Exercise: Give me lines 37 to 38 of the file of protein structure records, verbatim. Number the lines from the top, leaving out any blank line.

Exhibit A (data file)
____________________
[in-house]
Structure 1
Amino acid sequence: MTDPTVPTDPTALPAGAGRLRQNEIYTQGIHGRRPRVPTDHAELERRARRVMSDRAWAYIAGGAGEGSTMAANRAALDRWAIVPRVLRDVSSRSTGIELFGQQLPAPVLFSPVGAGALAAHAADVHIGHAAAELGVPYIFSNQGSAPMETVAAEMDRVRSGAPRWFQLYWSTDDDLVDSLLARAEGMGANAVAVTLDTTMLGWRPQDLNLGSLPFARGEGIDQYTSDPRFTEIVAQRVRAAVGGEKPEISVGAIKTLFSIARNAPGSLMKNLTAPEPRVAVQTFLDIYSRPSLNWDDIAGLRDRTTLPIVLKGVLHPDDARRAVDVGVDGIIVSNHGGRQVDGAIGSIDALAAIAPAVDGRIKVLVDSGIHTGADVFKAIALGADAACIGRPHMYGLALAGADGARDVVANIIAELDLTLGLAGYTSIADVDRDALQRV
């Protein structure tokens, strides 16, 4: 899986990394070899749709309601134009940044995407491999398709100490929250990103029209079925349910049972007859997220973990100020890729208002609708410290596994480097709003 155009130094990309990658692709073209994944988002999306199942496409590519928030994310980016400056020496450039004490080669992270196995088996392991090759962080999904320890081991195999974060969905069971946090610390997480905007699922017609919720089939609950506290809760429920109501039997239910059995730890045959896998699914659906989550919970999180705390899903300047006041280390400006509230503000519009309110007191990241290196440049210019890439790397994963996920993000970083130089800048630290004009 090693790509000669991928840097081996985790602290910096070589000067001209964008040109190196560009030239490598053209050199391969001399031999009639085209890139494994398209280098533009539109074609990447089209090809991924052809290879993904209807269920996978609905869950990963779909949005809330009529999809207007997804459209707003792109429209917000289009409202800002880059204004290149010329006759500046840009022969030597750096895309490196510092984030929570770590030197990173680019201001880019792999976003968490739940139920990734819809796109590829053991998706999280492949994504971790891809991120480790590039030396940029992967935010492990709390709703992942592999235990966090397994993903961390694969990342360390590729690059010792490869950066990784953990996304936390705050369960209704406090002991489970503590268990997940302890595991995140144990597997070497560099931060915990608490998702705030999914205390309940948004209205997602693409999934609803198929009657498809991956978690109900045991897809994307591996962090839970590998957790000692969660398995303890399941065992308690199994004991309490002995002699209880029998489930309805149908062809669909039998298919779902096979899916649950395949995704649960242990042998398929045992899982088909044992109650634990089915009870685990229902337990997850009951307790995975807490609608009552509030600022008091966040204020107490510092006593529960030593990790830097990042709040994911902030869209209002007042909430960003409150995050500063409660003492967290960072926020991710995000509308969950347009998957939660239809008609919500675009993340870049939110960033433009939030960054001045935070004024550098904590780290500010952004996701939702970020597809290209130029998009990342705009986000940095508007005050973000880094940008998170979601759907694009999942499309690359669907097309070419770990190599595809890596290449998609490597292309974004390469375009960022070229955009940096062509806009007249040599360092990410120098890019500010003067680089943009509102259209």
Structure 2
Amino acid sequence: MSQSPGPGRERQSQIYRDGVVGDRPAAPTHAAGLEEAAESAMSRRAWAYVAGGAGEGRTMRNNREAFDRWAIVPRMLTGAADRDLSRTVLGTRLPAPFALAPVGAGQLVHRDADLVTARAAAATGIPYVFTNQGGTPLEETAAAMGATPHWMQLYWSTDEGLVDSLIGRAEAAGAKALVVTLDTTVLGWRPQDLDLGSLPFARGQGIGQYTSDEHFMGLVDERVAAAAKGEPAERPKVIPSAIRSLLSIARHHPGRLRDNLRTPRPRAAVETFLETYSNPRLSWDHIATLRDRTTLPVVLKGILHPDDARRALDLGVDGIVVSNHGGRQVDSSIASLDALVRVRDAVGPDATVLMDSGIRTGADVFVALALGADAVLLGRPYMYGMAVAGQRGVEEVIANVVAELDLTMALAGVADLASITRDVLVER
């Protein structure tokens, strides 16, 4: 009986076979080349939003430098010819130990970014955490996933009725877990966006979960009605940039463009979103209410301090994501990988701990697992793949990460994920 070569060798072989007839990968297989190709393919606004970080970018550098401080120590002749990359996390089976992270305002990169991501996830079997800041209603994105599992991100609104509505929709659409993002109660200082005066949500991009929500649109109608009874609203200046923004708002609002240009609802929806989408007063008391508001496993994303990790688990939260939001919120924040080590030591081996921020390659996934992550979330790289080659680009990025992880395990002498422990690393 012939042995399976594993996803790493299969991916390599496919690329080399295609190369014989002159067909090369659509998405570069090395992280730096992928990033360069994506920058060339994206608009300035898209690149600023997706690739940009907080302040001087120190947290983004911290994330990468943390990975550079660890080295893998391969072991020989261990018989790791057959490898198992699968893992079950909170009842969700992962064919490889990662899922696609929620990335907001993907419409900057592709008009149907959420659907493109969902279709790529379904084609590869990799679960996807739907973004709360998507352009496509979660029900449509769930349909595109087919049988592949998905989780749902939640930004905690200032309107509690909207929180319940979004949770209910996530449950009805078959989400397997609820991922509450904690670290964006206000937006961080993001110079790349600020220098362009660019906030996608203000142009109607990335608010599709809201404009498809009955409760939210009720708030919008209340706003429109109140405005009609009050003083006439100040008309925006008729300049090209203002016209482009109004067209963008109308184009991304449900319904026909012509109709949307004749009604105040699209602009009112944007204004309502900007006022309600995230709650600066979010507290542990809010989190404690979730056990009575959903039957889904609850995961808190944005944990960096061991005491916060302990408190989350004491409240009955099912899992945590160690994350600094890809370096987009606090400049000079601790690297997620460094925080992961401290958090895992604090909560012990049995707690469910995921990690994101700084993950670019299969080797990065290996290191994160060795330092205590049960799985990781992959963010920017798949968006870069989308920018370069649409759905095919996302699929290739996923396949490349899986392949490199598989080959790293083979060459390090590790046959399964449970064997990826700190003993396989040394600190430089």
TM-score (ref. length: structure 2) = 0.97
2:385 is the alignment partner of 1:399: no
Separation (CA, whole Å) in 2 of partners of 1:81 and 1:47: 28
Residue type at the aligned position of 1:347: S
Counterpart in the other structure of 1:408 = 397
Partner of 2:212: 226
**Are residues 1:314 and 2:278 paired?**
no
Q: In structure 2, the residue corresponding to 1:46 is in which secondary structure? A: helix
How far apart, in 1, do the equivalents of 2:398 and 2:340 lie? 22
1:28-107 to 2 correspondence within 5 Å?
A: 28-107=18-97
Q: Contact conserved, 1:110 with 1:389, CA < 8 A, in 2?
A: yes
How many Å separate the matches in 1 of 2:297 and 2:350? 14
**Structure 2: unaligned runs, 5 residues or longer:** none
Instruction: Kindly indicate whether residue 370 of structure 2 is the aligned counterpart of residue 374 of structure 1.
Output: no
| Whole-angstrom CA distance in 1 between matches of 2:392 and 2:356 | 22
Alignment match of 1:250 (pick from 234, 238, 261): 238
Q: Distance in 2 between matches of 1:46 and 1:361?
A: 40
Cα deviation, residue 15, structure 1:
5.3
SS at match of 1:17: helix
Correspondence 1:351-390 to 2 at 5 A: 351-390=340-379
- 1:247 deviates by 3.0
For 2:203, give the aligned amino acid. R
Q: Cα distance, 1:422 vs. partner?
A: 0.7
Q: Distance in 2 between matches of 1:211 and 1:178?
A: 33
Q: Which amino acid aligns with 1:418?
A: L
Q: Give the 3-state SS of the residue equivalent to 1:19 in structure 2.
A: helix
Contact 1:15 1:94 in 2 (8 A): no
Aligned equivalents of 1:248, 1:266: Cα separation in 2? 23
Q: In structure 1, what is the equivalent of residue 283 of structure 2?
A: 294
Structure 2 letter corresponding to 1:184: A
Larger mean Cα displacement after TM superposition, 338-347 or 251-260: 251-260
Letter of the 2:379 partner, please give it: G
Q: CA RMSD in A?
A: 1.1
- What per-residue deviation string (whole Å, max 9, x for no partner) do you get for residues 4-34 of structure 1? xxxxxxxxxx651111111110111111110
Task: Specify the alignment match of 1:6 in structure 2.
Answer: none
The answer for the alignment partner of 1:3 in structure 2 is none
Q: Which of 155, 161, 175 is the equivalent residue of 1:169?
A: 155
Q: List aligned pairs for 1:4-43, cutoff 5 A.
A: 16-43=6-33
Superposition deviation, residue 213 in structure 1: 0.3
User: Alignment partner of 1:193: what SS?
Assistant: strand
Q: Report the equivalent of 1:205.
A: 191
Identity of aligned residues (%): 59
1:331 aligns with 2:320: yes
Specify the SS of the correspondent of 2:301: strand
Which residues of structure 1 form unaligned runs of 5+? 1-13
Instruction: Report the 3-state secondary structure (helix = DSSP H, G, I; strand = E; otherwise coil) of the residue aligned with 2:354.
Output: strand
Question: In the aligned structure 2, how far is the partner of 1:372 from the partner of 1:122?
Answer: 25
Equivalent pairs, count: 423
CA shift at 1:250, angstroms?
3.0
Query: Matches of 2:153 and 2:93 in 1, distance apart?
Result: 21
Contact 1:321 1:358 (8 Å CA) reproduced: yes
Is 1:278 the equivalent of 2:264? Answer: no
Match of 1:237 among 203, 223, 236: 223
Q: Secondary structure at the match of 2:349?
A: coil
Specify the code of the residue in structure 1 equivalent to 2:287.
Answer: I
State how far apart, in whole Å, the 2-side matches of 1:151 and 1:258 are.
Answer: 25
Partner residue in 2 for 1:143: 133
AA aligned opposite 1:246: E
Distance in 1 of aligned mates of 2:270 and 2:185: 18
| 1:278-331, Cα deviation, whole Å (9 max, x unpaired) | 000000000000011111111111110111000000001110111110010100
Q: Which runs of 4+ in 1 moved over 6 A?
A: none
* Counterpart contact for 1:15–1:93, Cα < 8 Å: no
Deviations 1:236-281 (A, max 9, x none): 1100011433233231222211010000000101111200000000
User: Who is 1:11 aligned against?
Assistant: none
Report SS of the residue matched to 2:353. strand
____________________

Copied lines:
A: 0.7
Q: Distance in 2 between matches of 1:211 and 1:178?